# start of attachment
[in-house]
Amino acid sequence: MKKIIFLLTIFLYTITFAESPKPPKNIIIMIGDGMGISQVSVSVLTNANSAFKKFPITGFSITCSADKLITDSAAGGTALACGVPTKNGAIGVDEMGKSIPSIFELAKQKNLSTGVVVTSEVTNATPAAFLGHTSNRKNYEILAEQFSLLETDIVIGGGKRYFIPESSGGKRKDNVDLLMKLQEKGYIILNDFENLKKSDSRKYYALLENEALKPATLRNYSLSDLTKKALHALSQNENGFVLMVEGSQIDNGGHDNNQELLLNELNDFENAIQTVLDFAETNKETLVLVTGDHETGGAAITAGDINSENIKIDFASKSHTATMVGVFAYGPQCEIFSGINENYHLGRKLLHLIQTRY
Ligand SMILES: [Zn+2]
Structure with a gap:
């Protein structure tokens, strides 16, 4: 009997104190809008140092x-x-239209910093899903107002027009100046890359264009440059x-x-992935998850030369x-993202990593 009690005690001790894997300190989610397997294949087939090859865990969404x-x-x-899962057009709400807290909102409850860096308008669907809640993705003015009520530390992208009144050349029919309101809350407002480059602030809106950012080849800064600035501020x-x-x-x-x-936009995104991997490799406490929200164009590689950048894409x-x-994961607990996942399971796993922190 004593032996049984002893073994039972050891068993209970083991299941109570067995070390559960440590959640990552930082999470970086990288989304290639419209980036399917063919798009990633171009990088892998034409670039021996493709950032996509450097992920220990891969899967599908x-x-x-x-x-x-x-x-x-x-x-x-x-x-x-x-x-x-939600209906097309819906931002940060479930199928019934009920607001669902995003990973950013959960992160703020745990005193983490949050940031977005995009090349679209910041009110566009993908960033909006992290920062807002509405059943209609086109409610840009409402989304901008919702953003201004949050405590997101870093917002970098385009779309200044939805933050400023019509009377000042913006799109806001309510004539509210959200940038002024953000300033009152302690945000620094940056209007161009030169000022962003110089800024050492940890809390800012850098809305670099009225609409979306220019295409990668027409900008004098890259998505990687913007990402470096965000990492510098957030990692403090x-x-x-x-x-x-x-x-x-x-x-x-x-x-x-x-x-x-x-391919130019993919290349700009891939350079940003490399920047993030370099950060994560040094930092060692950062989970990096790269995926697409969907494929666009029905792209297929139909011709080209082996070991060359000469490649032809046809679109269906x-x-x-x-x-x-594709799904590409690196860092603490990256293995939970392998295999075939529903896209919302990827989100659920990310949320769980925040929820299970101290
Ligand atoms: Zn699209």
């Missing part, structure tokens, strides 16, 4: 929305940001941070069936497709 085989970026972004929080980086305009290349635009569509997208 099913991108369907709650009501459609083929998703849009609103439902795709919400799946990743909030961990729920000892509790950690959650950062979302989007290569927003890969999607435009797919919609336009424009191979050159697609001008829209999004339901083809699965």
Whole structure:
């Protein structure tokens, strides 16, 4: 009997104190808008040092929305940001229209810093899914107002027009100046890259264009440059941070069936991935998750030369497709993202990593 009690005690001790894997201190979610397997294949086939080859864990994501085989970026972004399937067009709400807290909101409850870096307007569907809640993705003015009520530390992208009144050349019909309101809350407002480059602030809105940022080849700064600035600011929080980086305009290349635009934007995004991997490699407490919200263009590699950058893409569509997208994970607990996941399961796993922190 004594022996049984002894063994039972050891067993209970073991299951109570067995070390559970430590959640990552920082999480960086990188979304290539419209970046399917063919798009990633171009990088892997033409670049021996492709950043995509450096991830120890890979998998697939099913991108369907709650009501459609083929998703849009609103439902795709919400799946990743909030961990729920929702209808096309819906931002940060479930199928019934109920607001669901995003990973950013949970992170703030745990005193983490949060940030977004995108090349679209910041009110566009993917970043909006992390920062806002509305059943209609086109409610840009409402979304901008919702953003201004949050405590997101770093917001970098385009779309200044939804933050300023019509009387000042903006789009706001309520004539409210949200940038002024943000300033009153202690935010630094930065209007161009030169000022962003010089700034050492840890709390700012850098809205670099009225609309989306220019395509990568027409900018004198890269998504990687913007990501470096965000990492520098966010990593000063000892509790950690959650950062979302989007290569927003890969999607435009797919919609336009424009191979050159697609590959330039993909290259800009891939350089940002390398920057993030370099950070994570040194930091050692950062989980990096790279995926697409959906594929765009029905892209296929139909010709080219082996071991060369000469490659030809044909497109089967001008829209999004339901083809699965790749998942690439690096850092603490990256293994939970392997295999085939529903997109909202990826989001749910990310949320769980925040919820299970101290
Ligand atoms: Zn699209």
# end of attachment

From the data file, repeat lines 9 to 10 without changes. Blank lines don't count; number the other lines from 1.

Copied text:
């Protein structure tokens, strides 16, 4: 009997104190808008040092929305940001229209810093899914107002027009100046890259264009440059941070069936991935998750030369497709993202990593 009690005690001790894997201190979610397997294949086939080859864990994501085989970026972004399937067009709400807290909101409850870096307007569907809640993705003015009520530390992208009144050349019909309101809350407002480059602030809105940022080849700064600035600011929080980086305009290349635009934007995004991997490699407490919200263009590699950058893409569509997208994970607990996941399961796993922190 004594022996049984002894063994039972050891067993209970073991299951109570067995070390559970430590959640990552920082999480960086990188979304290539419209970046399917063919798009990633171009990088892997033409670049021996492709950043995509450096991830120890890979998998697939099913991108369907709650009501459609083929998703849009609103439902795709919400799946990743909030961990729920929702209808096309819906931002940060479930199928019934109920607001669901995003990973950013949970992170703030745990005193983490949060940030977004995108090349679209910041009110566009993917970043909006992390920062806002509305059943209609086109409610840009409402979304901008919702953003201004949050405590997101770093917001970098385009779309200044939804933050300023019509009387000042903006789009706001309520004539409210949200940038002024943000300033009153202690935010630094930065209007161009030169000022962003010089700034050492840890709390700012850098809205670099009225609309989306220019395509990568027409900018004198890269998504990687913007990501470096965000990492520098966010990593000063000892509790950690959650950062979302989007290569927003890969999607435009797919919609336009424009191979050159697609590959330039993909290259800009891939350089940002390398920057993030370099950070994570040194930091050692950062989980990096790279995926697409959906594929765009029905892209296929139909010709080219082996071991060369000469490659030809044909497109089967001008829209999004339901083809699965790749998942690439690096850092603490990256293994939970392997295999085939529903997109909202990826989001749910990310949320769980925040919820299970101290
Ligand atoms: Zn699209």